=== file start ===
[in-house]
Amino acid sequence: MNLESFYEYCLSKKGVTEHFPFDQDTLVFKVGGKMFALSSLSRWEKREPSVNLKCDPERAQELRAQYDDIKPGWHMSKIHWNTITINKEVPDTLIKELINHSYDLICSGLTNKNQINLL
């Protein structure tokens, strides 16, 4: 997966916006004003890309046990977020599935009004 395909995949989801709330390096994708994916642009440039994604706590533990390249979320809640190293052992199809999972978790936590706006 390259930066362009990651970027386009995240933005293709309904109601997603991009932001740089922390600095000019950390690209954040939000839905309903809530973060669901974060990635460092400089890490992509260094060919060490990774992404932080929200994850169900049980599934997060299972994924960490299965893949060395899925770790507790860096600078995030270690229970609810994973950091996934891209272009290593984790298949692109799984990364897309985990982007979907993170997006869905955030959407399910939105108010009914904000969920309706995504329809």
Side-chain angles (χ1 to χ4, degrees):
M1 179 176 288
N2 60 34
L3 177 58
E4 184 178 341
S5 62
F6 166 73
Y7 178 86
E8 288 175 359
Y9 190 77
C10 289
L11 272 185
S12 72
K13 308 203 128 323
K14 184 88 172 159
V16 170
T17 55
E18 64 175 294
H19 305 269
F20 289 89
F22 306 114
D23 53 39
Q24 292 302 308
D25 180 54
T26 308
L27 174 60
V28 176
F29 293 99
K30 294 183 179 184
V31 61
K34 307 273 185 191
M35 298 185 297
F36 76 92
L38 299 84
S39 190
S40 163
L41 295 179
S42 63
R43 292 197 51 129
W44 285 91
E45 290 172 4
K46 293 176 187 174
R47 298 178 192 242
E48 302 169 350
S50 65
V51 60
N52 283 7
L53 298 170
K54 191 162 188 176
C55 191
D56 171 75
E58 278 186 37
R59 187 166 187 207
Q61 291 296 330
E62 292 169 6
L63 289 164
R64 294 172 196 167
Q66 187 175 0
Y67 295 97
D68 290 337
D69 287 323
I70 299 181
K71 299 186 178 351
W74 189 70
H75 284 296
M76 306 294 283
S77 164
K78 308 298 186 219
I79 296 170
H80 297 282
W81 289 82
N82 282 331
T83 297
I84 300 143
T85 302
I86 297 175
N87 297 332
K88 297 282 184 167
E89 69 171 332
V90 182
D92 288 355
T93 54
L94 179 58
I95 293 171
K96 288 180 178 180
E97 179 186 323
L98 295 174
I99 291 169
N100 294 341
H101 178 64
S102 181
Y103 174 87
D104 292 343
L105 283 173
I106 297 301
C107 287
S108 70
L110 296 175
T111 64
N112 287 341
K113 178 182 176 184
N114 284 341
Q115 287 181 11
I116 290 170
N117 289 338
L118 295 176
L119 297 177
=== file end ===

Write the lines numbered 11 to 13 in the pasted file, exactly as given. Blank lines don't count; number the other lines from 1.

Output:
Y7 178 86
E8 288 175 359
Y9 190 77